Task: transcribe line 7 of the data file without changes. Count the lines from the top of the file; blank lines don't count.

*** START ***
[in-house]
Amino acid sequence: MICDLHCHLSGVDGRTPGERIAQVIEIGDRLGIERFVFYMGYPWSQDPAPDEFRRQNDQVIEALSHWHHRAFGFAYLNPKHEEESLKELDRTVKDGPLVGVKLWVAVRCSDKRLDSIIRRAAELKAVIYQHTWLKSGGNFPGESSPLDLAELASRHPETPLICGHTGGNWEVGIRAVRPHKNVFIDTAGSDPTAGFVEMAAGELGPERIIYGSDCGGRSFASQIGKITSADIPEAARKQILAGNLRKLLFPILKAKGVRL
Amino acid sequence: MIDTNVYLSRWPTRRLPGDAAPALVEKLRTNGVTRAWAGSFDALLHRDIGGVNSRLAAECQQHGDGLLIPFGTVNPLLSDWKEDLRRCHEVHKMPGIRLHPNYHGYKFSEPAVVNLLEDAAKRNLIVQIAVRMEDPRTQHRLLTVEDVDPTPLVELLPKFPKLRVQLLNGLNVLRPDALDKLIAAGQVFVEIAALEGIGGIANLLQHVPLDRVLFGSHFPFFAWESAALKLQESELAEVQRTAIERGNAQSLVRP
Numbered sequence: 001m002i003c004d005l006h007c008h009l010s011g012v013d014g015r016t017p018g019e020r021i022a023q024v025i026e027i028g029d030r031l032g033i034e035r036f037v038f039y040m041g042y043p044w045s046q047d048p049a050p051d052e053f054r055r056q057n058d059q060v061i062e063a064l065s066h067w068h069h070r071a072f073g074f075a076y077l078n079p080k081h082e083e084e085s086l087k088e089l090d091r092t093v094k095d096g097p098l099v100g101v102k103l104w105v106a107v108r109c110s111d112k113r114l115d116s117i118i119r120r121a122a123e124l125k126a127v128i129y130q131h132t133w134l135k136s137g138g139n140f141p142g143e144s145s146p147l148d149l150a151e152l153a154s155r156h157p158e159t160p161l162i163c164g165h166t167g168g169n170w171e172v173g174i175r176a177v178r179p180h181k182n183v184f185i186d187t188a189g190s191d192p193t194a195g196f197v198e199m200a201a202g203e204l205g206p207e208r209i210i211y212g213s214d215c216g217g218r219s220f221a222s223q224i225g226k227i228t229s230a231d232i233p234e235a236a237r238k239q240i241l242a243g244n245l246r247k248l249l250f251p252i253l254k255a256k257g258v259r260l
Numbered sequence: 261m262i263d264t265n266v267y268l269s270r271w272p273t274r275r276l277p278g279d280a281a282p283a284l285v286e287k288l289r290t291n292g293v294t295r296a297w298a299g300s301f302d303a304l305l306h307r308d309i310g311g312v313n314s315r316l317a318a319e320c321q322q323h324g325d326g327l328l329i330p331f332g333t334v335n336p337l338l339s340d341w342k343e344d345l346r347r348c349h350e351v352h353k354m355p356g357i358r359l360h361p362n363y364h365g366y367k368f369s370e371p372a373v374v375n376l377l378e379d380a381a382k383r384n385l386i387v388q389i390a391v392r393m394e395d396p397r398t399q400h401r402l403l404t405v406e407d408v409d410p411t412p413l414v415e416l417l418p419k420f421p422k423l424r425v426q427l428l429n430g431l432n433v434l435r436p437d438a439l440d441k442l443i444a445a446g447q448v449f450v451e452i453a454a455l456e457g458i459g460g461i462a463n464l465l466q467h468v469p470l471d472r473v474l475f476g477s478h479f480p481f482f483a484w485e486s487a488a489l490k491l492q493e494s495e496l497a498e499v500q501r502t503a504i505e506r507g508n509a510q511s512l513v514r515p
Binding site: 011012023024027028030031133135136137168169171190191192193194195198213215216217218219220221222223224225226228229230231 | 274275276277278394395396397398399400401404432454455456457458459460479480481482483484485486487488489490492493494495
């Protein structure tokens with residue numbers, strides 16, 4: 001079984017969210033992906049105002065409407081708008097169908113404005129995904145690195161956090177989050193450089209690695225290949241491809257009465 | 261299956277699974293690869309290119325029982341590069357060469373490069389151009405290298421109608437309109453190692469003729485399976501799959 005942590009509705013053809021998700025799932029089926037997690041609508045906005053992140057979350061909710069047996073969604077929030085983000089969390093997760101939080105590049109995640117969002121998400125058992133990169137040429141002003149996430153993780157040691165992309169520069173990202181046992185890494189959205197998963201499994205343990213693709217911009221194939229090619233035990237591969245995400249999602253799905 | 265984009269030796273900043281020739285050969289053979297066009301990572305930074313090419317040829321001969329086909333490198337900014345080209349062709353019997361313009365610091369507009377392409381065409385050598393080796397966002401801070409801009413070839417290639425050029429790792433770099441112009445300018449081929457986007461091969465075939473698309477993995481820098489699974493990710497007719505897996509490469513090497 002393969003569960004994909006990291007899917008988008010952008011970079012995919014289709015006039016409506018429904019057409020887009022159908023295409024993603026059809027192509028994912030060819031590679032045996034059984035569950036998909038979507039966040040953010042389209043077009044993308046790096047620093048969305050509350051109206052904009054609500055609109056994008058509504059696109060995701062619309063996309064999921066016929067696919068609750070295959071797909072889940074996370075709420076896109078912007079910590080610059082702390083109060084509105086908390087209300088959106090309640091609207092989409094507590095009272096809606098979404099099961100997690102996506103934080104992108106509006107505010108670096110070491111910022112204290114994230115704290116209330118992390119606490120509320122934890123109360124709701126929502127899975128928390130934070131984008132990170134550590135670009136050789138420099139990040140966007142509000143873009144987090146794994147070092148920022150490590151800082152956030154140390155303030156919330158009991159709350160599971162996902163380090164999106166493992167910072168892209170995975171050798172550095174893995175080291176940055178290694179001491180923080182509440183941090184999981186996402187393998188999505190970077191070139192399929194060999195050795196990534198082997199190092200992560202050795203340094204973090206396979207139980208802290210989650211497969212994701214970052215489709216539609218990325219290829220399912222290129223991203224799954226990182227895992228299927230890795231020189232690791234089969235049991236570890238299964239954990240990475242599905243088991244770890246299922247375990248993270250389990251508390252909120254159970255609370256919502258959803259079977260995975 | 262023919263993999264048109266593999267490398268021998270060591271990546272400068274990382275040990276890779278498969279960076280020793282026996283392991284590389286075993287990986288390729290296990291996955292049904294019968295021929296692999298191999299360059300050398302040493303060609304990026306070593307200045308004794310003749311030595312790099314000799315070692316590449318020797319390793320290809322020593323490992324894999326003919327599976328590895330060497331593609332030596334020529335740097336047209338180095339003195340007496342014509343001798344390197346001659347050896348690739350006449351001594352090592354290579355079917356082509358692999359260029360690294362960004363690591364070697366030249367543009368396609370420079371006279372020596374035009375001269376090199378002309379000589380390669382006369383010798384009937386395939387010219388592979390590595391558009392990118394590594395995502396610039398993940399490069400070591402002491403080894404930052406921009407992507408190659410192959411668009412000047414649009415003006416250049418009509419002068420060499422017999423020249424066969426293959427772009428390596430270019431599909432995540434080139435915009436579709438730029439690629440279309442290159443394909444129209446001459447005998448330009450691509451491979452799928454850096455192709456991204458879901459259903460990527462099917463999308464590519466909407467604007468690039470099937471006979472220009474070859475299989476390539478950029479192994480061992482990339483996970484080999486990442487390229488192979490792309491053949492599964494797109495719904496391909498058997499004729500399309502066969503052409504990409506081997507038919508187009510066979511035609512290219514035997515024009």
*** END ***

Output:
């Protein structure tokens with residue numbers, strides 16, 4: 001079984017969210033992906049105002065409407081708008097169908113404005129995904145690195161956090177989050193450089209690695225290949241491809257009465 | 261299956277699974293690869309290119325029982341590069357060469373490069389151009405290298421109608437309109453190692469003729485399976501799959 005942590009509705013053809021998700025799932029089926037997690041609508045906005053992140057979350061909710069047996073969604077929030085983000089969390093997760101939080105590049109995640117969002121998400125058992133990169137040429141002003149996430153993780157040691165992309169520069173990202181046992185890494189959205197998963201499994205343990213693709217911009221194939229090619233035990237591969245995400249999602253799905 | 265984009269030796273900043281020739285050969289053979297066009301990572305930074313090419317040829321001969329086909333490198337900014345080209349062709353019997361313009365610091369507009377392409381065409385050598393080796397966002401801070409801009413070839417290639425050029429790792433770099441112009445300018449081929457986007461091969465075939473698309477993995481820098489699974493990710497007719505897996509490469513090497 002393969003569960004994909006990291007899917008988008010952008011970079012995919014289709015006039016409506018429904019057409020887009022159908023295409024993603026059809027192509028994912030060819031590679032045996034059984035569950036998909038979507039966040040953010042389209043077009044993308046790096047620093048969305050509350051109206052904009054609500055609109056994008058509504059696109060995701062619309063996309064999921066016929067696919068609750070295959071797909072889940074996370075709420076896109078912007079910590080610059082702390083109060084509105086908390087209300088959106090309640091609207092989409094507590095009272096809606098979404099099961100997690102996506103934080104992108106509006107505010108670096110070491111910022112204290114994230115704290116209330118992390119606490120509320122934890123109360124709701126929502127899975128928390130934070131984008132990170134550590135670009136050789138420099139990040140966007142509000143873009144987090146794994147070092148920022150490590151800082152956030154140390155303030156919330158009991159709350160599971162996902163380090164999106166493992167910072168892209170995975171050798172550095174893995175080291176940055178290694179001491180923080182509440183941090184999981186996402187393998188999505190970077191070139192399929194060999195050795196990534198082997199190092200992560202050795203340094204973090206396979207139980208802290210989650211497969212994701214970052215489709216539609218990325219290829220399912222290129223991203224799954226990182227895992228299927230890795231020189232690791234089969235049991236570890238299964239954990240990475242599905243088991244770890246299922247375990248993270250389990251508390252909120254159970255609370256919502258959803259079977260995975 | 262023919263993999264048109266593999267490398268021998270060591271990546272400068274990382275040990276890779278498969279960076280020793282026996283392991284590389286075993287990986288390729290296990291996955292049904294019968295021929296692999298191999299360059300050398302040493303060609304990026306070593307200045308004794310003749311030595312790099314000799315070692316590449318020797319390793320290809322020593323490992324894999326003919327599976328590895330060497331593609332030596334020529335740097336047209338180095339003195340007496342014509343001798344390197346001659347050896348690739350006449351001594352090592354290579355079917356082509358692999359260029360690294362960004363690591364070697366030249367543009368396609370420079371006279372020596374035009375001269376090199378002309379000589380390669382006369383010798384009937386395939387010219388592979390590595391558009392990118394590594395995502396610039398993940399490069400070591402002491403080894404930052406921009407992507408190659410192959411668009412000047414649009415003006416250049418009509419002068420060499422017999423020249424066969426293959427772009428390596430270019431599909432995540434080139435915009436579709438730029439690629440279309442290159443394909444129209446001459447005998448330009450691509451491979452799928454850096455192709456991204458879901459259903460990527462099917463999308464590519466909407467604007468690039470099937471006979472220009474070859475299989476390539478950029479192994480061992482990339483996970484080999486990442487390229488192979490792309491053949492599964494797109495719904496391909498058997499004729500399309502066969503052409504990409506081997507038919508187009510066979511035609512290219514035997515024009």